Identify whether the number of objects in one group is greater than, less than, or equal to the number of objects in another group, e.g., by using matching and counting strategies.

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Our first class survey is about our favorite animals. After graphing the results of this survey, the students will work with the classmates at their table to survey their favorite sports.

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Who's Got Spots? is a book about students with the chicken pox. It shows examples of how we can gather and organize data. The students will then work with the classmates at their table to survey number of vowels in their names.

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Greedy Gordy is back, helping students compare numerals. This interactive lesson gives the students plenty of opportunity to practice comparing numbers using the vocabulary of greater than, less than and equal.

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The Very Hungry Caterpillar is a story about a caterpillar that eats different things on different days. Students will use their graphing skills to organize what he ate on a graph.

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Rooster Off to See the World is a story about a rooster and his friends who go off to see the world. Students will use their graphing skills to organize the animals on a graph.

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By sorting objects and pictures and representing them on a graph, students learn to create an abstract representation of a collection of objects that can be used to answer quantitative and comparison questions about the collection.

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By sorting objects and pictures and representing them on a graph, students learn to create an abstract representation of a collection of objects that can be used to answer quantitative and comparison questions about the collection.

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By sorting color tiles and representing them on a graph, students learn to create an abstract representation of a collection of objects that can be used to answer quantitative and comparison questions about the collection.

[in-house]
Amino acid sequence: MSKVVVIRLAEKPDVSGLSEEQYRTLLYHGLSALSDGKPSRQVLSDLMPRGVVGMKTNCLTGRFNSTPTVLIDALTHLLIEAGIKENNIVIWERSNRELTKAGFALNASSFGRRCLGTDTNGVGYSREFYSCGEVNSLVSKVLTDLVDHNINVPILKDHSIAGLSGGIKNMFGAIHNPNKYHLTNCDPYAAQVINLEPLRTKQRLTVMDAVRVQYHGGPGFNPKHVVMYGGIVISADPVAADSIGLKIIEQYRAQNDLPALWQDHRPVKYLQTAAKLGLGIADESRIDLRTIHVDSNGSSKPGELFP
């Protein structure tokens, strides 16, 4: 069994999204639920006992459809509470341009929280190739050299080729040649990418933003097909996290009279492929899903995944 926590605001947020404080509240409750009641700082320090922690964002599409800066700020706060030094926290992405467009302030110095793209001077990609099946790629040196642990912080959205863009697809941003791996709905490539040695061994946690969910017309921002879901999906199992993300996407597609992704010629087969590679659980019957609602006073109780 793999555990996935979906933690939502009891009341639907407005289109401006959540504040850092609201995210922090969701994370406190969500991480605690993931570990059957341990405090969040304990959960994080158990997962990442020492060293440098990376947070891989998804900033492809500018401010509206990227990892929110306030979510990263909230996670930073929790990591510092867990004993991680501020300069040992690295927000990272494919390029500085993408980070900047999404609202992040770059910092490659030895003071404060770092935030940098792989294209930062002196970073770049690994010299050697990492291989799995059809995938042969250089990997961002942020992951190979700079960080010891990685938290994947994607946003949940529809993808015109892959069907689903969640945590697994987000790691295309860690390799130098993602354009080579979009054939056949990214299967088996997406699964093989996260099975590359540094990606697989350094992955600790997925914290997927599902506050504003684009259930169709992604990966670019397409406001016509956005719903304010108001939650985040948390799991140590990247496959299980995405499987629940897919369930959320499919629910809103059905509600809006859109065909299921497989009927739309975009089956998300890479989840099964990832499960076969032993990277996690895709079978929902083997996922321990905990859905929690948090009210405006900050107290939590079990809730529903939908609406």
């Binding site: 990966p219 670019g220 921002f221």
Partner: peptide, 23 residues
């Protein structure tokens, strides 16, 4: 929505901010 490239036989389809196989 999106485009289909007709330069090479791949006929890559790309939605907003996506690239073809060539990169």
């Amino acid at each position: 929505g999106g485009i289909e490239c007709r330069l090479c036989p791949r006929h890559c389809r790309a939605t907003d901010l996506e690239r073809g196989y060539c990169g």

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More is a fairly easy concept for children to understand. They know what it means to want more. This lesson gives students a framework for comparing groups of items.

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More is a fairly easy concept for children to understand. Less is a little more challenging. This lesson will help build a foundational understanding of the concept of less.

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Students do well with the concept of more. Less is somewhat more challenging. This lesson pushes the students further by combing both concepts and also adding the concept of equal.

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Comparing the number of objects in two groups using one to one correspondence is a foundational skill that students will build on as they begin to compare numbers. This lesson also introduce a key vocabulary term- equal.

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Sorting is a skill that is not only used in math. This cross-curriculum connection combines math and science in a fun floating and sinking activity.